In 2008, a deco-style fortress built in the ’50s and originally belonging to a prominent family in Santa Monica fell into foreclosure in the middle of an extensive renovation. Until three months ago it stood vacant, an eerie house on a bluff with a homeless woman squatting the top floor. The terraced gardens in back had overgrown and were infested with rats. The neighbors on this otherwise upscale block wondered and complained.
Then came Adam Corlin, with a cause, a dare, and an endless supply of tarps. Corlin, a successful builder and a fourth generation Santa Monica resident, had his eye on this property, and when the price dropped to 50 percent of its original asking price, he jumped at the opportunity to own it.
But this was no ordinary flip — Corlin had some time in his hacienda rehab schedule and wanted to raise awareness for his favorite charity, Heal the Bay, the environmental group working to restore Santa Monica Bay. In speaking to the organization, he knew it had to be different than the usual donation or doing volunteer work. He had a blank house in Santa Monica, he had resources to do something big, and he had just met a graf artist appropriately named Risk.
Asking one of the West Coast’s most legendary graffiti artists to paint your million dollar house for charity would be a harrowing prospect for most property owners, especially for a property in a secluded neighborhood on the west side. But that’s just the kind of passion that attracted Risk to the project. “Meeting Adam and having him say, ‘You’re an artist, I want to make a difference, let’s go do this,’ that was pretty cool.” says Risk. “Plus, I used to surf all the time. My first graffiti tag was Surf,” he adds. “So I believe in the cause. It’s been awesome. We can do what we like to do, and at the same time we can wake people up to something positive for Heal the Bay.”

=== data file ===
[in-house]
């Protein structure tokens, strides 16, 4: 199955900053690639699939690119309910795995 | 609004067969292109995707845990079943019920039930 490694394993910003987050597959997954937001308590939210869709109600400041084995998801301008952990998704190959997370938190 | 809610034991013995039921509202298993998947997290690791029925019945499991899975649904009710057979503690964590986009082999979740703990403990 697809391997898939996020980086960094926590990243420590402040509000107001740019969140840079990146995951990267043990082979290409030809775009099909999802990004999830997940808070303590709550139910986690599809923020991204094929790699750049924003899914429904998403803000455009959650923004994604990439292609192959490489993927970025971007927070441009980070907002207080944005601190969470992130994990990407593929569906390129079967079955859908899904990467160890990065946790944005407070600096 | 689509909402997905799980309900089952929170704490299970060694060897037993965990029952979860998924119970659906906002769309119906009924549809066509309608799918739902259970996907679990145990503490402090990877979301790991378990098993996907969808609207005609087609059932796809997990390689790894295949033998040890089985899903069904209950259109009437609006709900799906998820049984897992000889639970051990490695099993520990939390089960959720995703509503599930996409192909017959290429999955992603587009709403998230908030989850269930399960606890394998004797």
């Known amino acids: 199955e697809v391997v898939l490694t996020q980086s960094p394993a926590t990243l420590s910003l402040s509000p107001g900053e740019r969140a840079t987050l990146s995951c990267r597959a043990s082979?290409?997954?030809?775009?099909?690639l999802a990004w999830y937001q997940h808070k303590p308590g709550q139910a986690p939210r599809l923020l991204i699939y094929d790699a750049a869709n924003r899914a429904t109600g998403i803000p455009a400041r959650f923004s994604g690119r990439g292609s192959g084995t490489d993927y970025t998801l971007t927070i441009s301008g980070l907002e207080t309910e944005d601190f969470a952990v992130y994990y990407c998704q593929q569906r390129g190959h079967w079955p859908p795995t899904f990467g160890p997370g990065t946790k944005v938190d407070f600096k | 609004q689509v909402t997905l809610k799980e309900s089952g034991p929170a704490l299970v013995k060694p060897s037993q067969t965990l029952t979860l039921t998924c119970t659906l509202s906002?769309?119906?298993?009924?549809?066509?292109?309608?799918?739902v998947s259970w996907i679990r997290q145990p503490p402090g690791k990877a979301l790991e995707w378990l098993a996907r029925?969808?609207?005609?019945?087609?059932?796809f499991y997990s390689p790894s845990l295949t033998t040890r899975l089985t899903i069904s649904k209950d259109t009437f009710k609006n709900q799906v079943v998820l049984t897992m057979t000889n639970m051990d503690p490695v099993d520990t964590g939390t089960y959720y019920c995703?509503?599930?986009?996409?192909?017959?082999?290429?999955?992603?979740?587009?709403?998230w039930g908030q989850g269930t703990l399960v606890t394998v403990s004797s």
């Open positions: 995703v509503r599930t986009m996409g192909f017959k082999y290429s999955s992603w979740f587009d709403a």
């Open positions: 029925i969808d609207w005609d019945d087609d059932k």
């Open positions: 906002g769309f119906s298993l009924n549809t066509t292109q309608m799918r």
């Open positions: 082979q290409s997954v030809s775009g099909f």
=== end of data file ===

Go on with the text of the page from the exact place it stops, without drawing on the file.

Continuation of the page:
At the time of this publication, all work is being done under tarps, so as not to tip off negative parties and attract attention. Instead of painting directly on the four story structure, a series of 142 4-foot by 4-foot panels were constructed, painted and later mounted to extensive scaffolding.
The piece, which stands 40 feet high and about 100 feet across, was also an opportunity for an unprecedented Risk and Retna collaboration. “Retna and I wanted to work together for a long time and this is the perfect project. It holds a lot of meaning for us,” says Risk. “Its cool because it’s a Heal the Bay mural and its not just a typical wave or a dolphin. Its stops you and makes you wonder, ‘what is it?’ Something you have to look into and think about.”